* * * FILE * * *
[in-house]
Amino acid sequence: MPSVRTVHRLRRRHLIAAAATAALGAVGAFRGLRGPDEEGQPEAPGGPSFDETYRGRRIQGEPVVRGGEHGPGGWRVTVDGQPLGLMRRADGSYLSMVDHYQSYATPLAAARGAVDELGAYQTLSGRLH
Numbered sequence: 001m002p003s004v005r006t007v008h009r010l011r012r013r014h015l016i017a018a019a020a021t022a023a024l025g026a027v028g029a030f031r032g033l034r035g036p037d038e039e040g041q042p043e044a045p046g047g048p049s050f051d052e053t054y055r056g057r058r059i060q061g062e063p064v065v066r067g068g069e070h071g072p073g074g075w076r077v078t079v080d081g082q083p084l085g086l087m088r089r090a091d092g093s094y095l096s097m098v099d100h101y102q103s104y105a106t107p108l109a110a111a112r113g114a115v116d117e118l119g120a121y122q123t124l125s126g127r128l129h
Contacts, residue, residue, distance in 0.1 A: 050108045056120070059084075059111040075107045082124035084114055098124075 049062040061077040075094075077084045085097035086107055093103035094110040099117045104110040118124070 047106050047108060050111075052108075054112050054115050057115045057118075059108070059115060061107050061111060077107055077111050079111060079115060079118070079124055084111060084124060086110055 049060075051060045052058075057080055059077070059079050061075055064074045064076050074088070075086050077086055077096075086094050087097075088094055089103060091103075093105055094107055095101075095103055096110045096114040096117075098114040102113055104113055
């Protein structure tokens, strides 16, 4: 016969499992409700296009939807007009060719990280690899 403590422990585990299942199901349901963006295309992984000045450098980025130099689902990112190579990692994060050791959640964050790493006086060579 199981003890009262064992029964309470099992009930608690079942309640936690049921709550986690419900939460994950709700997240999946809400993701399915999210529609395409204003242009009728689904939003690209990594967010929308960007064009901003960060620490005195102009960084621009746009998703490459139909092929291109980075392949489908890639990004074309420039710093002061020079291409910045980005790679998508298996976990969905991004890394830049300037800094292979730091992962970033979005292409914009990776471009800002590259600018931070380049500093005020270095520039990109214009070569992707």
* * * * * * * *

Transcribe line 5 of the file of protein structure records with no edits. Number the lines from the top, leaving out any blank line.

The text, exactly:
């Protein structure tokens, strides 16, 4: 016969499992409700296009939807007009060719990280690899 403590422990585990299942199901349901963006295309992984000045450098980025130099689902990112190579990692994060050791959640964050790493006086060579 199981003890009262064992029964309470099992009930608690079942309640936690049921709550986690419900939460994950709700997240999946809400993701399915999210529609395409204003242009009728689904939003690209990594967010929308960007064009901003960060620490005195102009960084621009746009998703490459139909092929291109980075392949489908890639990004074309420039710093002061020079291409910045980005790679998508298996976990969905991004890394830049300037800094292979730091992962970033979005292409914009990776471009800002590259600018931070380049500093005020270095520039990109214009070569992707």